Unfortunately, when most people see rituals, they see pointless superstitions. Indeed, many rituals are based on a primitive understanding of the world. But by building personal rituals, you get to encode the behaviors you feel are important and cut out the wasted middle moments.

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Program Your Own Algorithms

Another way of viewing rituals is by seeing them as computer algorithms. An algorithm is a set of instructions that is repeated to get a result.

Some algorithms are highly efficient, sorting or searching millions of pieces of data in a few seconds. Other algorithms are bulky and awkward, taking hours to do the same task.

By forming rituals, you are building algorithms for your behavior. Take the delayed and painful pattern of waking up, debating whether to sleep in for another two minutes, hitting the snooze button, repeat until almost late for work. This could be reprogrammed to get out of bed immediately, without debating your decision.

How to Form a Ritual

I’ve set up personal rituals for myself for handling e-mail, waking up each morning, writing articles, and reading books. Far from making me inflexible, these rituals give me a useful default pattern that works best 99% of the time. Whenever my current ritual won’t work, I’m always free to stop using it.

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Forming a ritual isn’t too difficult, and the same principles for changing habits apply:

  1. Write out your sequence of behavior. I suggest starting with a simple ritual of only 3-4 steps maximum. Wait until you’ve established a ritual before you try to add new steps.
  2. Commit to following your ritual for thirty days. This step will take the idea and condition it into your nervous system as a habit.
  3. Define a clear trigger. When does your ritual start? A ritual to wake up is easy—the sound of your alarm clock will work. As for what triggers you to go to the gym, read a book or answer e-mail—you’ll have to decide.
  4. Tweak the Pattern. Your algorithm probably won’t be perfectly efficient the first time. Making a few tweaks after the first 30-day trial can make your ritual more useful.

Ways to Use a Ritual

Based on the above ideas, here are some ways you could implement your own rituals:

1. Waking Up

Set up a morning ritual for when you wake up and the next few things you do immediately afterward. To combat the grogginess after immediately waking up, my solution is to do a few pushups right after getting out of bed. After that, I sneak in ninety minutes of reading before getting ready for morning classes.

2. Web Usage

How often do you answer e-mail, look at Google Reader, or check Facebook each day? I found by taking all my daily internet needs and compressing them into one, highly-efficient ritual, I was able to cut off 75% of my web time without losing any communication.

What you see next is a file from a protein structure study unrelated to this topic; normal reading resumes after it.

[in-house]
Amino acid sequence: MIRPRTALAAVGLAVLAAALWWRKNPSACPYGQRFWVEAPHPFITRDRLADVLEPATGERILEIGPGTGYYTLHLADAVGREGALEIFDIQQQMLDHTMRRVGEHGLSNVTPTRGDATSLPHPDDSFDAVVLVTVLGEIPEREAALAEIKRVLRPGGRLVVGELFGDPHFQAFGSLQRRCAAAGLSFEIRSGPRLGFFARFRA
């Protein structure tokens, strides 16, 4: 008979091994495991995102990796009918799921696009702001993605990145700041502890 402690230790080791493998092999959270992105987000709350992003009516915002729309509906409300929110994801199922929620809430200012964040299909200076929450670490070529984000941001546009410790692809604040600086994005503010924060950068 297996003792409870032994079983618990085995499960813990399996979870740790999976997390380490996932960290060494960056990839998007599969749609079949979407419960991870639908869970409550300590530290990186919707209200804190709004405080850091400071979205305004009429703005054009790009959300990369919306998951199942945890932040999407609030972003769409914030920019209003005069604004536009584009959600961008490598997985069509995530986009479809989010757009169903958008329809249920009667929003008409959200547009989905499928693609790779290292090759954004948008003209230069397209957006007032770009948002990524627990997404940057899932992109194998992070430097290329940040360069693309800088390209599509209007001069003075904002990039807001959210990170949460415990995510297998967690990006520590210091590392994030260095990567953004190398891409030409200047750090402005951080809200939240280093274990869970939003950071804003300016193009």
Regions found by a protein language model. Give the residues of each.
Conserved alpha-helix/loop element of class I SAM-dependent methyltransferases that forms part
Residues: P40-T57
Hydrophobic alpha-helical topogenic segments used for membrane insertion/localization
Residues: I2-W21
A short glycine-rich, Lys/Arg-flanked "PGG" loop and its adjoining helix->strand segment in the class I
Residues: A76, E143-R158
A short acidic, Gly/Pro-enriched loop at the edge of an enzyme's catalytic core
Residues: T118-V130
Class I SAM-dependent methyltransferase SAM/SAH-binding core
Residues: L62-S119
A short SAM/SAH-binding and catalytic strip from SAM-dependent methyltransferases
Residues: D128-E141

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3. Reading

How much time do you get to read books? If your library isn’t as large as you’d like, you might want to consider the rituals you use for reading. Programming a few steps to trigger yourself to read instead of watching television or during a break in your day can chew through dozens of books each year.

4. Friendliness

Rituals can also help with communication. Set up a ritual of starting a conversation when you have opportunities to meet people.

5. Working

One of the hardest barriers when overcoming procrastination is building up a concentrated flow. Building those steps into a ritual can allow you to quickly start working or continue working after an interruption.

6. Going to the gym

If exercising is a struggle, encoding a ritual can remove a lot of the difficulty. Set up a quick ritual for going to exercise right after work or when you wake up.

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7. Exercise

Even within your workouts, you can have rituals. Spacing the time between runs or reps with a certain number of breaths can remove the guesswork. Forming a ritual of doing certain exercises in a particular order can save time.

8. Sleeping

Form a calming ritual in the last 30-60 minutes of your day before you go to bed. This will help slow yourself down and make falling asleep much easier. Especially if you plan to get up full of energy in the morning, it will help if you remove insomnia.

8. Weekly Reviews

The weekly review is a big part of the GTD system. By making a simple ritual checklist for my weekly review, I can get the most out of this exercise in less time. Originally, I did holistic reviews where I wrote my thoughts on the week and progress as a whole. Now, I narrow my focus toward specific plans, ideas, and measurements.

Final Thoughts

We all want to be productive. But time wasters, procrastination, and laziness sometimes get the better of us. If you’re facing such difficulties, don’t be afraid to make use of these rituals to help you conquer them.

More Tips to Conquer Time Wasters and Procrastination

 

Featured photo credit: RODOLFO BARRETO via unsplash.com